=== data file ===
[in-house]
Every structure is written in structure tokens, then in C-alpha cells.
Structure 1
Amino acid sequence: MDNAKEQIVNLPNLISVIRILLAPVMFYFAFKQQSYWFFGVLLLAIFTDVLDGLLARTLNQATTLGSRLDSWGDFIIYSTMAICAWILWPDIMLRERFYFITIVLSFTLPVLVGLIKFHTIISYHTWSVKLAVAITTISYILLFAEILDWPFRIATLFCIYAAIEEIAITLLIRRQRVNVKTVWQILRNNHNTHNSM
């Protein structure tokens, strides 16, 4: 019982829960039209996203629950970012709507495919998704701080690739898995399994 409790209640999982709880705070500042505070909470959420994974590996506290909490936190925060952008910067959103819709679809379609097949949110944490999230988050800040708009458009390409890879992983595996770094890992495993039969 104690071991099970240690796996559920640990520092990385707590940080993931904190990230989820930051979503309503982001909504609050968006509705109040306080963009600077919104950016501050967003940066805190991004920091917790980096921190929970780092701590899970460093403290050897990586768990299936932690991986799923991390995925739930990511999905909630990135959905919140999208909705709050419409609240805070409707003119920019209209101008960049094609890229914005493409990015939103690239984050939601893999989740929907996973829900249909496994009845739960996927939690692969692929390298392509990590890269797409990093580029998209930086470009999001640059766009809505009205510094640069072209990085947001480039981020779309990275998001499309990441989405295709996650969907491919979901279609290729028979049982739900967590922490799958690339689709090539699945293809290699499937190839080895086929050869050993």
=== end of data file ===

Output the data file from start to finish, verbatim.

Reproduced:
[in-house]
Every structure is written in structure tokens, then in C-alpha cells.
Structure 1
Amino acid sequence: MDNAKEQIVNLPNLISVIRILLAPVMFYFAFKQQSYWFFGVLLLAIFTDVLDGLLARTLNQATTLGSRLDSWGDFIIYSTMAICAWILWPDIMLRERFYFITIVLSFTLPVLVGLIKFHTIISYHTWSVKLAVAITTISYILLFAEILDWPFRIATLFCIYAAIEEIAITLLIRRQRVNVKTVWQILRNNHNTHNSM
């Protein structure tokens, strides 16, 4: 019982829960039209996203629950970012709507495919998704701080690739898995399994 409790209640999982709880705070500042505070909470959420994974590996506290909490936190925060952008910067959103819709679809379609097949949110944490999230988050800040708009458009390409890879992983595996770094890992495993039969 104690071991099970240690796996559920640990520092990385707590940080993931904190990230989820930051979503309503982001909504609050968006509705109040306080963009600077919104950016501050967003940066805190991004920091917790980096921190929970780092701590899970460093403290050897990586768990299936932690991986799923991390995925739930990511999905909630990135959905919140999208909705709050419409609240805070409707003119920019209209101008960049094609890229914005493409990015939103690239984050939601893999989740929907996973829900249909496994009845739960996927939690692969692929390298392509990590890269797409990093580029998209930086470009999001640059766009809505009205510094640069072209990085947001480039981020779309990275998001499309990441989405295709996650969907491919979901279609290729028979049982739900967590922490799958690339689709090539699945293809290699499937190839080895086929050869050993």